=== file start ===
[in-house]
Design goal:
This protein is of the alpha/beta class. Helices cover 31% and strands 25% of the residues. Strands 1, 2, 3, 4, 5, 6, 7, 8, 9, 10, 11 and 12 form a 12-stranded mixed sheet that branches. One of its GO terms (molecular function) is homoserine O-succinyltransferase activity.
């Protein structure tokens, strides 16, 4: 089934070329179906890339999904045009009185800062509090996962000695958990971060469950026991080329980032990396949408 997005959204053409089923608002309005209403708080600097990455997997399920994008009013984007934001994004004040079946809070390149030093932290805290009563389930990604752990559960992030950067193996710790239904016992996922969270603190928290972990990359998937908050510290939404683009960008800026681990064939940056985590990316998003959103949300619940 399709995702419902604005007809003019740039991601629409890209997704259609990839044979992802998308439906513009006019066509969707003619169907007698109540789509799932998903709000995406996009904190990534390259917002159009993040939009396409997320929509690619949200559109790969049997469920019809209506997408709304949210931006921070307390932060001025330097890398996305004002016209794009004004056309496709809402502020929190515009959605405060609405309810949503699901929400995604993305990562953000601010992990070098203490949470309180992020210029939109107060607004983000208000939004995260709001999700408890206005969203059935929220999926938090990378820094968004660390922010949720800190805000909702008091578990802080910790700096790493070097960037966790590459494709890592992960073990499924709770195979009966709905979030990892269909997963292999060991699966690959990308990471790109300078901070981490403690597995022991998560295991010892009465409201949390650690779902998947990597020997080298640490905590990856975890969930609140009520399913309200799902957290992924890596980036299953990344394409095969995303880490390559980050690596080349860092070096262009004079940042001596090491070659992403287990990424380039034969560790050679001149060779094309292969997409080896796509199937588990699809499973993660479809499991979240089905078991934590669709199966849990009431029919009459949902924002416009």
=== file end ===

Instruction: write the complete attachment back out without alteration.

[in-house]
Design goal:
This protein is of the alpha/beta class. Helices cover 31% and strands 25% of the residues. Strands 1, 2, 3, 4, 5, 6, 7, 8, 9, 10, 11 and 12 form a 12-stranded mixed sheet that branches. One of its GO terms (molecular function) is homoserine O-succinyltransferase activity.
């Protein structure tokens, strides 16, 4: 089934070329179906890339999904045009009185800062509090996962000695958990971060469950026991080329980032990396949408 997005959204053409089923608002309005209403708080600097990455997997399920994008009013984007934001994004004040079946809070390149030093932290805290009563389930990604752990559960992030950067193996710790239904016992996922969270603190928290972990990359998937908050510290939404683009960008800026681990064939940056985590990316998003959103949300619940 399709995702419902604005007809003019740039991601629409890209997704259609990839044979992802998308439906513009006019066509969707003619169907007698109540789509799932998903709000995406996009904190990534390259917002159009993040939009396409997320929509690619949200559109790969049997469920019809209506997408709304949210931006921070307390932060001025330097890398996305004002016209794009004004056309496709809402502020929190515009959605405060609405309810949503699901929400995604993305990562953000601010992990070098203490949470309180992020210029939109107060607004983000208000939004995260709001999700408890206005969203059935929220999926938090990378820094968004660390922010949720800190805000909702008091578990802080910790700096790493070097960037966790590459494709890592992960073990499924709770195979009966709905979030990892269909997963292999060991699966690959990308990471790109300078901070981490403690597995022991998560295991010892009465409201949390650690779902998947990597020997080298640490905590990856975890969930609140009520399913309200799902957290992924890596980036299953990344394409095969995303880490390559980050690596080349860092070096262009004079940042001596090491070659992403287990990424380039034969560790050679001149060779094309292969997409080896796509199937588990699809499973993660479809499991979240089905078991934590669709199966849990009431029919009459949902924002416009």